While the COVID-19 pandemic has caused uncertainty about when life will return back to stability and normalcy, the Minister of Advanced Education is suggesting students might be returning to campus sooner than anticipated.
On March 18, the Minister of Advanced Education Demetrios Nicolaides put out a statement “encouraging” post-secondary institutions to fully return to in-person classes in the fall of 2021. This announcement follows a year of mostly remote learning due to the COVID-19 pandemic.
The main reasoning for suggesting a return to in-person classes stems from an announcement two weeks ago that all adults in the province will receive their first dose by the end of June.
“With that in mind, I encourage all post-secondary institutions, students and families to prepare for a full return to on-campus learning this September,” Nicolaides said in the statement.
While he wants classes to return to in-person delivery in September, Nicolaides insists that safety will remain the priority.
“As we plan to transition back to in-person learning, the safety of students, staff and faculty will be our top priority,” he said. “We will be working closely with Alberta Health and our chief medical officer of health, Dr. Hinshaw, to ensure a safe return to campus in September 2021.”
The minister also acknowledged the changes institutions have made to continue operating during the pandemic.
“I want to express my gratitude to all faculty and staff members for their continued cooperation and hard work in keeping our campuses safe while still supporting students,” Nicolaides said. “The switch to online learning has not been easy, but our staff and students have all done great work to respond to the pandemic and maintain the quality of our post-secondary system.”
The University of Alberta has not released official plans for the Fall semester yet. However, in a fall 2021 planning update, they said that while they are looking to increase the amount of in-person classes, “a complete return to normal from the COVID-19 crisis is unlikely by September.”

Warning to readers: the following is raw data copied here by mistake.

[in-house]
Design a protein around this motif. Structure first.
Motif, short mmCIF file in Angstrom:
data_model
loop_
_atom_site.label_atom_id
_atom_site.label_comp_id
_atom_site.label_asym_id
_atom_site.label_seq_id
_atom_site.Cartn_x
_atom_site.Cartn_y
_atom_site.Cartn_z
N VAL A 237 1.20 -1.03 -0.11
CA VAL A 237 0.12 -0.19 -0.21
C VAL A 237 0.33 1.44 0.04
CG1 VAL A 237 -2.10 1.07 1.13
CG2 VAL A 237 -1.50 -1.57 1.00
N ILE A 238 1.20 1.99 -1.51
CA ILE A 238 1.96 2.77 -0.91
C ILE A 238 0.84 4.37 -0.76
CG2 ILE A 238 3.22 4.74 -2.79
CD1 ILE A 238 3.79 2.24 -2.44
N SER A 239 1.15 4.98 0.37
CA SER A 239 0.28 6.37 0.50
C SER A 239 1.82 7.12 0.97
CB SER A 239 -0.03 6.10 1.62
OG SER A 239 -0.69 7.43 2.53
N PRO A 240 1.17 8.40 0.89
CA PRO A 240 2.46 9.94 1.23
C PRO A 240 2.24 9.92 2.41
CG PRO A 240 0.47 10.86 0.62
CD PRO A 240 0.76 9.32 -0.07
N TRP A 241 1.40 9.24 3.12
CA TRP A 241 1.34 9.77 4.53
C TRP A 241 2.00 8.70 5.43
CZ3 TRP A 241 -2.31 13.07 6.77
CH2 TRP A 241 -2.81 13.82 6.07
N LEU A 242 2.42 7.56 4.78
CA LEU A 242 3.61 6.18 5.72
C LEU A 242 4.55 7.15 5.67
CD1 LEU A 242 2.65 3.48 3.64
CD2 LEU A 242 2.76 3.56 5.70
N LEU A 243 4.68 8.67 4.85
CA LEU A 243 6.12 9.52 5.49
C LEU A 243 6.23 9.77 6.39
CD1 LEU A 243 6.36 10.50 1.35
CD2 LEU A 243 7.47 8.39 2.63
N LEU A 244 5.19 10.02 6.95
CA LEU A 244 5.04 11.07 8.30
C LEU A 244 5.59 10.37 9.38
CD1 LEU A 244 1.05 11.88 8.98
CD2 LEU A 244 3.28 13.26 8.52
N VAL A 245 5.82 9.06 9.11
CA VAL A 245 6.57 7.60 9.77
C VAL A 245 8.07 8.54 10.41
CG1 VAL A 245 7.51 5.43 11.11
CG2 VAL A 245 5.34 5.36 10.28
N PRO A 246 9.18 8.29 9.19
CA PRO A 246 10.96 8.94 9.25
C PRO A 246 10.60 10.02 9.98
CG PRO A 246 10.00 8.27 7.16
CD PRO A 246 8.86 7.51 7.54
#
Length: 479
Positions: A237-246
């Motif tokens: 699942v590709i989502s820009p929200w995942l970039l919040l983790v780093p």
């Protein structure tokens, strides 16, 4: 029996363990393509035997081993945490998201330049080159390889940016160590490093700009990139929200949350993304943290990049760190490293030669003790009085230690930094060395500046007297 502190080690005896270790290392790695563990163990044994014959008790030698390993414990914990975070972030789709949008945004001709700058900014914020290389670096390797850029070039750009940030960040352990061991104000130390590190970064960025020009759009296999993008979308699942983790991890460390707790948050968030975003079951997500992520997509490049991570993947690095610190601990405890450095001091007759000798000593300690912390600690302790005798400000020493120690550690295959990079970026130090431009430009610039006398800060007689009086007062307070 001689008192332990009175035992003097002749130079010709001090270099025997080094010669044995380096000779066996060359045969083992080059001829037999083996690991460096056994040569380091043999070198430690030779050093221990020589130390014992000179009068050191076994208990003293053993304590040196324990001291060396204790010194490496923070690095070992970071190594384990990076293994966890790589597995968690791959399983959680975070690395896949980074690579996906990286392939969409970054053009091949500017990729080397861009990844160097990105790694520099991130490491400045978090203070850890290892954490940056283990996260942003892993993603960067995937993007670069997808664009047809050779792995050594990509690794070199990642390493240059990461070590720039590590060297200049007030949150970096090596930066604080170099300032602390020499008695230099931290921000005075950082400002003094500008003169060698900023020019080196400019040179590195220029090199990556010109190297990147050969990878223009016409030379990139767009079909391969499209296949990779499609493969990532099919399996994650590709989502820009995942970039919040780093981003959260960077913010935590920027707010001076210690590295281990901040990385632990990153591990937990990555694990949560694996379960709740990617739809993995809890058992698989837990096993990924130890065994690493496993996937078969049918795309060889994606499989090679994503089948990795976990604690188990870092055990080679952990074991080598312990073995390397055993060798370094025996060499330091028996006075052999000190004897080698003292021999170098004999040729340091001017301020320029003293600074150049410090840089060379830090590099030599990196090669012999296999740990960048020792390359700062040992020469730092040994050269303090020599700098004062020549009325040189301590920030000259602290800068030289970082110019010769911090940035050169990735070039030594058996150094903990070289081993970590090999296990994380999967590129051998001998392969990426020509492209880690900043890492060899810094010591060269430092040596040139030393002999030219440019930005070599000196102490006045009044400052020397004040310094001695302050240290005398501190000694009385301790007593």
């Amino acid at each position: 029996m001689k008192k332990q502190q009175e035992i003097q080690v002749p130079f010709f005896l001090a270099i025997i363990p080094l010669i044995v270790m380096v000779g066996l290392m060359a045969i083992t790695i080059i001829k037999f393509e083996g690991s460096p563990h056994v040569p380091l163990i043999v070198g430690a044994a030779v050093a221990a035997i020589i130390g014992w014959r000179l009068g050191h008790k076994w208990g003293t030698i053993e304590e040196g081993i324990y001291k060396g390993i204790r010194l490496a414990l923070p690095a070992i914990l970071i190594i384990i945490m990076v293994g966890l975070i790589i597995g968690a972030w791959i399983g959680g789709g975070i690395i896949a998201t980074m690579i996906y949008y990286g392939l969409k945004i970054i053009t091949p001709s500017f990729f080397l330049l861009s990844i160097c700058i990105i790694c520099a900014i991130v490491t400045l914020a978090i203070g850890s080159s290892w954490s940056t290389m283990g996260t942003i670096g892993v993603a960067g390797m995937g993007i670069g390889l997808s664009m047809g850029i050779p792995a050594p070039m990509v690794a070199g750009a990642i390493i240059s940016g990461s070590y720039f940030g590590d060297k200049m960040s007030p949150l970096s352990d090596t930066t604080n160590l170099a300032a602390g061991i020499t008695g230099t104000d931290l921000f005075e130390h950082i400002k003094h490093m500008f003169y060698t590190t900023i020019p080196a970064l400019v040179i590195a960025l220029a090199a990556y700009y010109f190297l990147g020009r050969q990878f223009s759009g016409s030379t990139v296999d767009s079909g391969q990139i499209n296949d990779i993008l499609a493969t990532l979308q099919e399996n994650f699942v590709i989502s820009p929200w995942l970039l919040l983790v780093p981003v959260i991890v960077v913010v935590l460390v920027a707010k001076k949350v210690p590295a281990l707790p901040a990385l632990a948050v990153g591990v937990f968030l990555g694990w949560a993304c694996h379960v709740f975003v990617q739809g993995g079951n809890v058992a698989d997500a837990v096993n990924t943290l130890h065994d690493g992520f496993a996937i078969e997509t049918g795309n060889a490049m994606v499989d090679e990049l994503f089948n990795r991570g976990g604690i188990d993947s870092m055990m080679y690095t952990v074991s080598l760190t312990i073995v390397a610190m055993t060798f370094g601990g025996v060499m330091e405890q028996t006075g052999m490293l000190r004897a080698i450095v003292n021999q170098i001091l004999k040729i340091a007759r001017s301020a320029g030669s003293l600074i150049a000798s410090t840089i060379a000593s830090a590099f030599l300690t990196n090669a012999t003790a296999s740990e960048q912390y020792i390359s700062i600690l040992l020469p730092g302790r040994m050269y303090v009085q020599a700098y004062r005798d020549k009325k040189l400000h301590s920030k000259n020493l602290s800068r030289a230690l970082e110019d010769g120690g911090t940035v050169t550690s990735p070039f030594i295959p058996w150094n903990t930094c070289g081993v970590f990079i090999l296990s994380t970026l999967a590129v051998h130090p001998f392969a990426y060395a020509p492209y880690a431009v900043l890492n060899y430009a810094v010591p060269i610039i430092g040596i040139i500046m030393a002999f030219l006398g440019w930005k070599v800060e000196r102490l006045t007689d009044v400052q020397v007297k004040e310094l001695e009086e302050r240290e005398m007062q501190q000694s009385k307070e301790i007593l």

Currently, the university has delayed registration for courses till May and students will know how their courses will be delivered by April 26 on BearTracks.
In a statement released later today, U of A president Bill Flanagan pointed out the university was already “well underway to welcome our community back in September.”
Flanagan also emphasized that the university will continue to prioritize the health of campus.
“Our 2021-22 planning groups will work under the guidance of Advanced Education, Alberta Health, the chief medical officer of health, and Alberta Health Services as we ramp up for the safe return of our community to our campuses,” he said.
Though it’s not exactly clear whether the university will comply with the Minister’s suggestions and attempt a full return to in-person courses, Flanagan assured students that virtual course delivery will continue into the next academic year.
“Recognizing that not everyone may be able to fully return by September, please be assured virtual support and remote options will also continue to be available wherever possible,” Flanagan said.
He also said the university will release further updates about how next year will work.
“Our planning and support teams will be hard at work to address the full details over the coming weeks and months.”
Update: The article was updated on March 18 at 8:25 p.m. to reflect comments from the U of A president.